Last night my son came to me with several sheets of hand written paper. He needed to put it on the computer and had been putting off this task because it was going to take him “forever”!
“Is there not a way to photocopy it and have it appear on the computer?” he whined.
Not being very familiar with my scanning capabilities I suggested we use Dragon Naturally Speaking to get it roughly in and then he could work on it. It only took about 5 minutes to read it in and then he was able to get to work.
Admittedly he needed to do a lot of tweaking but then he had been working from a very rough draft anyway, so he was thrilled.
I myself am finding Dragon Naturally Speaking a very useful tool these days.
Call me old fashioned but when I am writing for articles products or my book project, I find that nothing beats pen and paper for getting my creative juices flowing.
This however leaves the issue of making the words magically appear on my computer.
Although I fantasize about handing this off to a virtual assistant or even my teenager, the reality is that I work in fits and starts and I am not ready to take that step. Plus my teenager looked at me with horror at the idea!
A period of enforced one handedness due to shoulder surgery last year forced the issue for me. Someone recommended Dragon Naturally Speaking the speech recognition software. So I took the plunge.
Now, admittedly I have a Scottish accent which puts a different dimension on things but it does let you select what type of accent you have. It seems to cover a wide range of US accents.
It was a bit halting at first but now that it has tuned into me it is going much more smoothly. It is definitely more accurately with smooth and flowing speech (like when I am reading what I have written) than when I am pausing to compose in my head first.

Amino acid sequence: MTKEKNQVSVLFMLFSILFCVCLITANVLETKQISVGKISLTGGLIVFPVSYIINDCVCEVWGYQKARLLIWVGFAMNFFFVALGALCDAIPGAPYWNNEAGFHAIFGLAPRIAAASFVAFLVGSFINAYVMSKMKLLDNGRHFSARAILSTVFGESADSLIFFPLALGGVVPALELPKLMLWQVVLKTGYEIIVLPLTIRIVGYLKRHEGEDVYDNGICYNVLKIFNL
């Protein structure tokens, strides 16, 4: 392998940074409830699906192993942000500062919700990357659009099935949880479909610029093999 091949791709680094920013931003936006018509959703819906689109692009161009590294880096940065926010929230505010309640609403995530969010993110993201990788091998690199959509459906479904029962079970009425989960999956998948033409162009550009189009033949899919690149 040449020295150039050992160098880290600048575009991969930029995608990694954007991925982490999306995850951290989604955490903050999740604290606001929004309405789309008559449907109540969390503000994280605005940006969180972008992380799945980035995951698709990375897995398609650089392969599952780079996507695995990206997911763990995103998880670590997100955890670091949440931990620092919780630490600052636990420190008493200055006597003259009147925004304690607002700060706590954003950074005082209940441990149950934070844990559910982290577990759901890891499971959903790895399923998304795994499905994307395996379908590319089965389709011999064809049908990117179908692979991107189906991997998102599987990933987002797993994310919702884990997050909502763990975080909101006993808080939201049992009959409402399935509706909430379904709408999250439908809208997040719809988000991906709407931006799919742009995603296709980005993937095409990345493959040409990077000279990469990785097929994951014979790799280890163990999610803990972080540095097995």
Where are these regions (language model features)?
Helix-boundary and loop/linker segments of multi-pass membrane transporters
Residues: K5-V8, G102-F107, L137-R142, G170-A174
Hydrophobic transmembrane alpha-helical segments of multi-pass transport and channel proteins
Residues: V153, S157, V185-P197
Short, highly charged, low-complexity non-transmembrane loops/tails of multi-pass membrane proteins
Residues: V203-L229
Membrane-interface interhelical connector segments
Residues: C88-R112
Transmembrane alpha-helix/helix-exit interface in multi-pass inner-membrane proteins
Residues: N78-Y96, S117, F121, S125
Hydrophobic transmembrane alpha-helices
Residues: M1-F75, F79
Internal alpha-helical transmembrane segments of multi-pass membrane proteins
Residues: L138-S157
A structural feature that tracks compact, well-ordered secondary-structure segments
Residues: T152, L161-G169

It apparently considers the context of the sentence as well as trying to recognize each word.
I haven’t used it much to control the use of the computer in general, it seems like more effort than it’s worth for my taste – even with only one arm.
The version I have (10) allows you to download a recording of your voice and transcribes this into text. You need to tune this in separately. I have tried this a few times but to be honest it just gave me a bunch of rubbish. It would have taken me longer to try and figure it out and correct it than it would have to type it in from scratch.
I recently bought a digital voice recorder that is supposed to record in a format that is compatible for transcribing. It is early days, but so far it is not looking good. It could be that because when I use the recorder I tend to be more thoughtful and pause more than when I’m reading. Further testing is needed.
Overall, if you like to vocalize your thoughts this is a great tool. Those with auditory learning styles will love it. You can just jot down a few bullets, chat away and then edit later. Or if you are like me and like paper and pen, or need to work when the computer is not handy, it definitely speeds up the process.
You can buy Dragon Naturally Speaking at my Amazon store – it makes a great addition to your holiday gift list.